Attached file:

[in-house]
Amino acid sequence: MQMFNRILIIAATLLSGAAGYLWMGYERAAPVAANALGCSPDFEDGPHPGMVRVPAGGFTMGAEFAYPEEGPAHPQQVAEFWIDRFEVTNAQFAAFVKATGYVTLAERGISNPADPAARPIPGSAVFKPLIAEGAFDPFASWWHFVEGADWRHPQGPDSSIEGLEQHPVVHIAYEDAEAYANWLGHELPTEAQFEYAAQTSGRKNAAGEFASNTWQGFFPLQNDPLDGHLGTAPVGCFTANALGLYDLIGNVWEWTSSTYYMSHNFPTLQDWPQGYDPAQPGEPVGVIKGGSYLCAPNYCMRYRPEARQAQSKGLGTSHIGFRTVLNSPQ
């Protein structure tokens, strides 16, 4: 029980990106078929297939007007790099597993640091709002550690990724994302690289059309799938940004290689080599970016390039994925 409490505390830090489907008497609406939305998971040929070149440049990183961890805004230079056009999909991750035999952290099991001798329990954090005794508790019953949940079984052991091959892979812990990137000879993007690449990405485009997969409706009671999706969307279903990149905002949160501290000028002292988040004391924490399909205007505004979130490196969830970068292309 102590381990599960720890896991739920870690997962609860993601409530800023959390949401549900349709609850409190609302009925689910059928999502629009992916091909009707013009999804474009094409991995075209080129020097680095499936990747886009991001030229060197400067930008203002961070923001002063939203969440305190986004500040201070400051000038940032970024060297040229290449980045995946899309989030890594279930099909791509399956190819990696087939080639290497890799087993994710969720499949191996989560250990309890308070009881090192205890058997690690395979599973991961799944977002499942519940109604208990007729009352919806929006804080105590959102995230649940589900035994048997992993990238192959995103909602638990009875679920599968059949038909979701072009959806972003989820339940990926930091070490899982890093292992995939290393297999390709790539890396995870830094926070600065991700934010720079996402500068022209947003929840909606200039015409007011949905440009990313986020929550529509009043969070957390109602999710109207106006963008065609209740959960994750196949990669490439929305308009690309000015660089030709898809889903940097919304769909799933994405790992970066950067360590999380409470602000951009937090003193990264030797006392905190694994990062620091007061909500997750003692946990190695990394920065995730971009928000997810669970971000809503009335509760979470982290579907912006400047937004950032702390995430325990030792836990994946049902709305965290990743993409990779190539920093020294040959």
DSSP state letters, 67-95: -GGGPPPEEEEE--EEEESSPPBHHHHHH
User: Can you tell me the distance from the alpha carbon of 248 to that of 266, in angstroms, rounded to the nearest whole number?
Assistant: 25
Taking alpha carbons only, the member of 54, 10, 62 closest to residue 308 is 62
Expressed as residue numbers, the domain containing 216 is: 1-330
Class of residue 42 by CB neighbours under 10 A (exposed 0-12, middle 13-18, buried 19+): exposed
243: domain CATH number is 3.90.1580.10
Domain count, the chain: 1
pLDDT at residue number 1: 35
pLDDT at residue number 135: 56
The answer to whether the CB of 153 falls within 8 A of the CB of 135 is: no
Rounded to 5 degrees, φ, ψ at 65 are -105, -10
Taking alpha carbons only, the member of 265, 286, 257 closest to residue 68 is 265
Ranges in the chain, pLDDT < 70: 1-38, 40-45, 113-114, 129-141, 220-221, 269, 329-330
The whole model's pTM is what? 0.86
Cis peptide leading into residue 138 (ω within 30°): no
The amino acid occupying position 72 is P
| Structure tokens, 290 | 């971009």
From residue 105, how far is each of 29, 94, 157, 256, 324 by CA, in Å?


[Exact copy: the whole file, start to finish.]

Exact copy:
[in-house]
Amino acid sequence: MQMFNRILIIAATLLSGAAGYLWMGYERAAPVAANALGCSPDFEDGPHPGMVRVPAGGFTMGAEFAYPEEGPAHPQQVAEFWIDRFEVTNAQFAAFVKATGYVTLAERGISNPADPAARPIPGSAVFKPLIAEGAFDPFASWWHFVEGADWRHPQGPDSSIEGLEQHPVVHIAYEDAEAYANWLGHELPTEAQFEYAAQTSGRKNAAGEFASNTWQGFFPLQNDPLDGHLGTAPVGCFTANALGLYDLIGNVWEWTSSTYYMSHNFPTLQDWPQGYDPAQPGEPVGVIKGGSYLCAPNYCMRYRPEARQAQSKGLGTSHIGFRTVLNSPQ
């Protein structure tokens, strides 16, 4: 029980990106078929297939007007790099597993640091709002550690990724994302690289059309799938940004290689080599970016390039994925 409490505390830090489907008497609406939305998971040929070149440049990183961890805004230079056009999909991750035999952290099991001798329990954090005794508790019953949940079984052991091959892979812990990137000879993007690449990405485009997969409706009671999706969307279903990149905002949160501290000028002292988040004391924490399909205007505004979130490196969830970068292309 102590381990599960720890896991739920870690997962609860993601409530800023959390949401549900349709609850409190609302009925689910059928999502629009992916091909009707013009999804474009094409991995075209080129020097680095499936990747886009991001030229060197400067930008203002961070923001002063939203969440305190986004500040201070400051000038940032970024060297040229290449980045995946899309989030890594279930099909791509399956190819990696087939080639290497890799087993994710969720499949191996989560250990309890308070009881090192205890058997690690395979599973991961799944977002499942519940109604208990007729009352919806929006804080105590959102995230649940589900035994048997992993990238192959995103909602638990009875679920599968059949038909979701072009959806972003989820339940990926930091070490899982890093292992995939290393297999390709790539890396995870830094926070600065991700934010720079996402500068022209947003929840909606200039015409007011949905440009990313986020929550529509009043969070957390109602999710109207106006963008065609209740959960994750196949990669490439929305308009690309000015660089030709898809889903940097919304769909799933994405790992970066950067360590999380409470602000951009937090003193990264030797006392905190694994990062620091007061909500997750003692946990190695990394920065995730971009928000997810669970971000809503009335509760979470982290579907912006400047937004950032702390995430325990030792836990994946049902709305965290990743993409990779190539920093020294040959």
DSSP state letters, 67-95: -GGGPPPEEEEE--EEEESSPPBHHHHHH
User: Can you tell me the distance from the alpha carbon of 248 to that of 266, in angstroms, rounded to the nearest whole number?
Assistant: 25
Taking alpha carbons only, the member of 54, 10, 62 closest to residue 308 is 62
Expressed as residue numbers, the domain containing 216 is: 1-330
Class of residue 42 by CB neighbours under 10 A (exposed 0-12, middle 13-18, buried 19+): exposed
243: domain CATH number is 3.90.1580.10
Domain count, the chain: 1
pLDDT at residue number 1: 35
pLDDT at residue number 135: 56
The answer to whether the CB of 153 falls within 8 A of the CB of 135 is: no
Rounded to 5 degrees, φ, ψ at 65 are -105, -10
Taking alpha carbons only, the member of 265, 286, 257 closest to residue 68 is 265
Ranges in the chain, pLDDT < 70: 1-38, 40-45, 113-114, 129-141, 220-221, 269, 329-330
The whole model's pTM is what? 0.86
Cis peptide leading into residue 138 (ω within 30°): no
The amino acid occupying position 72 is P
| Structure tokens, 290 | 């971009």
From residue 105, how far is each of 29, 94, 157, 256, 324 by CA, in Å?